This, he said, is different from transport costs, demurrage on containers to shipping companies, rent to terminal operators, loaded containers that consume deposit of containers and incur additional demurrage, and empty containers not being able to access the ports.

In Apapa, he alleged that an average of N140, 000 to N155, 000 is collected for a 20-feet container truck, while an average of N215, 000 to N250, 000 is collected for a 40-feet trailer before entering the port.

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He noted that the return of 20-feet and 40-feet empty containers to holding bays cost about N50, 000 to N65, 000 and N80, 000 to N100, 000 respectively, while the transfer from Tin Can Island port to bonded warehouse cost between N330, 000 and N400, 000, depending on the location.

The Guardian learnt that transportation of such containers from Tin Can Island Port within Lagos, for instance, to Ladipo costs about N750, 000; to Alaba costs about N700, 000; to Ijora costs about N550, 000; and to Trade Fair costs about N700, 000 per trip. It is a similar experience to move cargo from Apapa ports to various locations in Lagos.

An SBM intelligence report has also shown that it is more expensive to ship goods from the European Union to Nigeria and clear, compared to what obtains in Ghana and South Africa.

indings by The Guardian reveal that in Nigeria, about $457 is paid as terminal charges, $374 for shipping charges while local transport from port to warehouse is in the range of $2050. In Tema Port, Ghana, terminal charge is $280, shipping charge is $321 and local transport from port to warehouse is about $285 while in Durban Harbour, South Africa, terminal charge is $180, shipping charge is $274 while local transport from port to warehouse is $208.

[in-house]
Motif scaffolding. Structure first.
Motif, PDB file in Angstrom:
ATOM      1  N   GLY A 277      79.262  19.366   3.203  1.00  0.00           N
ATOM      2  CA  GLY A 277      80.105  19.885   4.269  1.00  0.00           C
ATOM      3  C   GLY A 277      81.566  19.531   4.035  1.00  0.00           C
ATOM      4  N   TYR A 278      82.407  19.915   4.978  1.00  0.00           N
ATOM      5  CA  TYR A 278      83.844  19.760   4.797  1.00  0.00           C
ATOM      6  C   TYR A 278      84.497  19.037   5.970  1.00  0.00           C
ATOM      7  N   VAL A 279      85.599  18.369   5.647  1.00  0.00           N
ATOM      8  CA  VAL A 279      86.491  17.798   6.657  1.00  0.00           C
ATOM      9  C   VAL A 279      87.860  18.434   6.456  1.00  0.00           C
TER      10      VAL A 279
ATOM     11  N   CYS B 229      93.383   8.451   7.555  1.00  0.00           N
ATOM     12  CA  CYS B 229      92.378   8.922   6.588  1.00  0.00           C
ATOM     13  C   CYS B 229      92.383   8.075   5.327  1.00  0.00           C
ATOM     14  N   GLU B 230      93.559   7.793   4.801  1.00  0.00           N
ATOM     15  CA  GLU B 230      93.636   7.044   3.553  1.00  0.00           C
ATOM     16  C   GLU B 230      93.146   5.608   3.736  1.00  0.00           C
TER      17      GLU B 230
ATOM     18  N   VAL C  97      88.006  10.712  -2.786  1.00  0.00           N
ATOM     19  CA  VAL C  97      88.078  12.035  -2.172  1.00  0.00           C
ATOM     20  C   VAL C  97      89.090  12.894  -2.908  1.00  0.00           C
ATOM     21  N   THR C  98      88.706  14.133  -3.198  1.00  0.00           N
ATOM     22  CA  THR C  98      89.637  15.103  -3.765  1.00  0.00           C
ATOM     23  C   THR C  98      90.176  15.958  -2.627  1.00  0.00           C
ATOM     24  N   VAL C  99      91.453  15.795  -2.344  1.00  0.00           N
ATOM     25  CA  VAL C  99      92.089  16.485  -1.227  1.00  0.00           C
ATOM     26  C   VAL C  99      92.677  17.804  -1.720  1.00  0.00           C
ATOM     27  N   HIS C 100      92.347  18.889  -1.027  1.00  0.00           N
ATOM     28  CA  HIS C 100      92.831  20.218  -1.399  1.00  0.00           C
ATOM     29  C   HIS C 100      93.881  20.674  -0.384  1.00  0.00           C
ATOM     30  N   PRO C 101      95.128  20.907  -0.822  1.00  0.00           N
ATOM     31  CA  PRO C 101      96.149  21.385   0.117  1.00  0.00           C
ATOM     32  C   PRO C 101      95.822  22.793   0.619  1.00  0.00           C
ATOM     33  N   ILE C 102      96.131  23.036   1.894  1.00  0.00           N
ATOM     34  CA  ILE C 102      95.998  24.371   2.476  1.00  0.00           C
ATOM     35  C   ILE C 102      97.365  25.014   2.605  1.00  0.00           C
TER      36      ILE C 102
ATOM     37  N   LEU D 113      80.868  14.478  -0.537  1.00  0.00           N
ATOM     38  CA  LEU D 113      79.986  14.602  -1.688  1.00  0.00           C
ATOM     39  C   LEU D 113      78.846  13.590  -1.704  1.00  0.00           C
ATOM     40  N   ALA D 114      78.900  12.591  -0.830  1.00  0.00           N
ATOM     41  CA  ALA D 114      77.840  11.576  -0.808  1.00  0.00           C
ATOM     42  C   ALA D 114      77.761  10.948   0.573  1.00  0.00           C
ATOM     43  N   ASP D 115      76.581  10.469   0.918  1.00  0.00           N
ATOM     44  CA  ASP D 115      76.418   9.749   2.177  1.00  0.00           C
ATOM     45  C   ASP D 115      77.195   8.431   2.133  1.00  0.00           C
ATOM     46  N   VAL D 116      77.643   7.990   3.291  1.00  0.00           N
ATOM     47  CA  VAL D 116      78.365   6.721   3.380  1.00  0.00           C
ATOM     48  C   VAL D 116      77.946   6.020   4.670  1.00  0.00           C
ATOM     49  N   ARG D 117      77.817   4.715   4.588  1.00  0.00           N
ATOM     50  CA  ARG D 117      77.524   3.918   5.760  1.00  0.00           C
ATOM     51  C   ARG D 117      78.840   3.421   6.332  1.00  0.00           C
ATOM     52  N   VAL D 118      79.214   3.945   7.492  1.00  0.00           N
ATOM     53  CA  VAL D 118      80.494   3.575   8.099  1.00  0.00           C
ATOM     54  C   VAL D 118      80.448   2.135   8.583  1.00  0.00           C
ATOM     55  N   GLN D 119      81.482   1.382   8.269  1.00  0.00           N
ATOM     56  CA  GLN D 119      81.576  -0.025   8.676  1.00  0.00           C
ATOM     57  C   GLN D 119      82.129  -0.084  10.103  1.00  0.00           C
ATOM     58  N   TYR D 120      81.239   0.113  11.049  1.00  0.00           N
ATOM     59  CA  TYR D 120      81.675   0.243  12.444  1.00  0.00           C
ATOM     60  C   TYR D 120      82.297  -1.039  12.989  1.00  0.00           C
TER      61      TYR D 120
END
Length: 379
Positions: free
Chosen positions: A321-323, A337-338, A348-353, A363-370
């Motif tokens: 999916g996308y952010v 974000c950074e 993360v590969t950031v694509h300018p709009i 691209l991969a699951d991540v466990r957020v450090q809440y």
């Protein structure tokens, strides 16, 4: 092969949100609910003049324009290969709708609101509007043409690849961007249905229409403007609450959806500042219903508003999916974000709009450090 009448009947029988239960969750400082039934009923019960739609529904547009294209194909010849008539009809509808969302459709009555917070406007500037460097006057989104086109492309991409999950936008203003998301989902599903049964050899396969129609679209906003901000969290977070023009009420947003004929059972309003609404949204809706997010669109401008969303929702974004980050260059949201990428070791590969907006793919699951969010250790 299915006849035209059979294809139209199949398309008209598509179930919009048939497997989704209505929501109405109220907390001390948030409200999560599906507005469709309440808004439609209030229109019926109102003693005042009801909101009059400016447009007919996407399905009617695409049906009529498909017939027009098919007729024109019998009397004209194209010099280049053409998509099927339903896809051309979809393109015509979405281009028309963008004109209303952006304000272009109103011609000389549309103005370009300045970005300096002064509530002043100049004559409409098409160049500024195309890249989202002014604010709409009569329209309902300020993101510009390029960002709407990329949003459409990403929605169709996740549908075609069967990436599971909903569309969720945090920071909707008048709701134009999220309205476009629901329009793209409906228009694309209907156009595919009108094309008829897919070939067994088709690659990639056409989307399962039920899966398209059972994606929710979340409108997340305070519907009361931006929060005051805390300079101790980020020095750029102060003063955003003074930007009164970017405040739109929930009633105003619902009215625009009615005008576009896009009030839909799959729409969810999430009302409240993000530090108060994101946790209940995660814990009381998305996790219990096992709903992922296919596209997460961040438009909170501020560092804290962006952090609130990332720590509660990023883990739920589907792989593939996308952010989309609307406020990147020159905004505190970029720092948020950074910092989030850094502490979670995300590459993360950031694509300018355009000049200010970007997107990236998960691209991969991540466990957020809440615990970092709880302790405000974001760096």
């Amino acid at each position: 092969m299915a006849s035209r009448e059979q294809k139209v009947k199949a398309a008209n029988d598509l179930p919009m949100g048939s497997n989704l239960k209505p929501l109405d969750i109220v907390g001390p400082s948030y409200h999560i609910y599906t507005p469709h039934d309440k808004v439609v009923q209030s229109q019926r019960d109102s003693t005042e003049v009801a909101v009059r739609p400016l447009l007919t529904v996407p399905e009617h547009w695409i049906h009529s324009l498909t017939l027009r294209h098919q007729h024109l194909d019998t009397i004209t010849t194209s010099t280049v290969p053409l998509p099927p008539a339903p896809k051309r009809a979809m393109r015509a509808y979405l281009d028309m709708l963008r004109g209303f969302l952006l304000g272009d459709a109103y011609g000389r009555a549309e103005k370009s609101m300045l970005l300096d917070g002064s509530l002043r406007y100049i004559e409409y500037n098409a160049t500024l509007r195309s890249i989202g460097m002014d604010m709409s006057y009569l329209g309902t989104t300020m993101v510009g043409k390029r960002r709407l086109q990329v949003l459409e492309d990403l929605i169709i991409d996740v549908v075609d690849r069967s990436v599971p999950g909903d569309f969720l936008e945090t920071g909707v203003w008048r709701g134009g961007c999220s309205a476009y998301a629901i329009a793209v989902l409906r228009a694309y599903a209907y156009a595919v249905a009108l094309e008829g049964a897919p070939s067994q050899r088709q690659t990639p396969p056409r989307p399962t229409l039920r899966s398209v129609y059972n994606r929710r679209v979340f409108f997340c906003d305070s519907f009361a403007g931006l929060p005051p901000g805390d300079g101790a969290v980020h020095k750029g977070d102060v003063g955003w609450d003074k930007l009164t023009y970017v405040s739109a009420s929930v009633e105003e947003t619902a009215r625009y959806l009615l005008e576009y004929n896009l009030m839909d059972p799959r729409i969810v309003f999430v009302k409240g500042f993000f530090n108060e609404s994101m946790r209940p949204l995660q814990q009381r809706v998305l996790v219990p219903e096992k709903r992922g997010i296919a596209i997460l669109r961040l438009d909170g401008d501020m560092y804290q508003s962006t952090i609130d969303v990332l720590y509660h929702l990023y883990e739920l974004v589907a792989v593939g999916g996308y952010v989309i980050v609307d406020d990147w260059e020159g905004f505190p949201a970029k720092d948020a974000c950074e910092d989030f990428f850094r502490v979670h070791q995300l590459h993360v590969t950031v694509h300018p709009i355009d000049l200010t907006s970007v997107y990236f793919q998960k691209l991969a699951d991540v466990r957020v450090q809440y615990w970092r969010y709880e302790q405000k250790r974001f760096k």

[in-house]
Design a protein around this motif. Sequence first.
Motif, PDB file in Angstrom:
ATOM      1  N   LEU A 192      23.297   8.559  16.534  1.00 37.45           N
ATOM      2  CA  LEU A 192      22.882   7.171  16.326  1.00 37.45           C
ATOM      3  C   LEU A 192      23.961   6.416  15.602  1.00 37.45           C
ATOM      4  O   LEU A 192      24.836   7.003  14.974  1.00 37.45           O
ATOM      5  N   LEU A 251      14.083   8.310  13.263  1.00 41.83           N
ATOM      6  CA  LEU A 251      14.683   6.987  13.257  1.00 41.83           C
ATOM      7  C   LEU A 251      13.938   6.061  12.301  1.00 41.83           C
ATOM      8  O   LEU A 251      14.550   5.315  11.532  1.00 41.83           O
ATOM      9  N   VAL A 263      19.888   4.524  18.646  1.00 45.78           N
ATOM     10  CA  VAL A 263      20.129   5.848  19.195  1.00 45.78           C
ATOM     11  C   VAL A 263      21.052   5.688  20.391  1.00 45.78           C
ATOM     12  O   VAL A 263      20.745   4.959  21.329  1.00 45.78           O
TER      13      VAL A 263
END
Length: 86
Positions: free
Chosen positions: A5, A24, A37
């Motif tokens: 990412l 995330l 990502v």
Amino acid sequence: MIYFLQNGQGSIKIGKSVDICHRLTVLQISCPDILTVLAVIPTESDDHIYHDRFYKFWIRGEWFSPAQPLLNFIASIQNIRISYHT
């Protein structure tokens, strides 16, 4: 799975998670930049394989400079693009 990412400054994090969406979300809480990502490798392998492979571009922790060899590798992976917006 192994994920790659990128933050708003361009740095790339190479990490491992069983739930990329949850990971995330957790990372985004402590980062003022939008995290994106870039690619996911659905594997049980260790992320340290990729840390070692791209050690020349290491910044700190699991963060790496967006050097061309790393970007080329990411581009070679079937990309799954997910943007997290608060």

Meanwhile, the breakdown of scanners that facilitate inspection of goods, which is now done manually, also constitutes delays, contributing to high cost and destruction of unstuffed goods. A port source said scanning/Customs examination of a 20ft container now costs about N28, 000 and N41, 000 for a 40ft container.

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Decrying multiple charges by shipping companies and lack of government regulation, the source added that shipping companies were double agents who represent their principals here in Nigeria and still take local shipping charges on container for no port duty.

“They don’t perform any function like provision of plant, terminal, energy or labour. But they charge almost the same rate with terminal operators due to absence of Federal Government control,” he said.

The Guardian further learnt that the shipping firms charge container cleaning fee, documentation release fee, port dues, and shipping line agency fees, among others to the tune of about N123, 000 – N139, 000, depending on the company. This is besides the duplication of duty and multiple charges by several government agencies at the ports.

Amiwero alleged that all government agencies operate independently on cost and procedure in contravention of international best practice of one-stop-shop process, which further adds to cost and delays in the release of goods.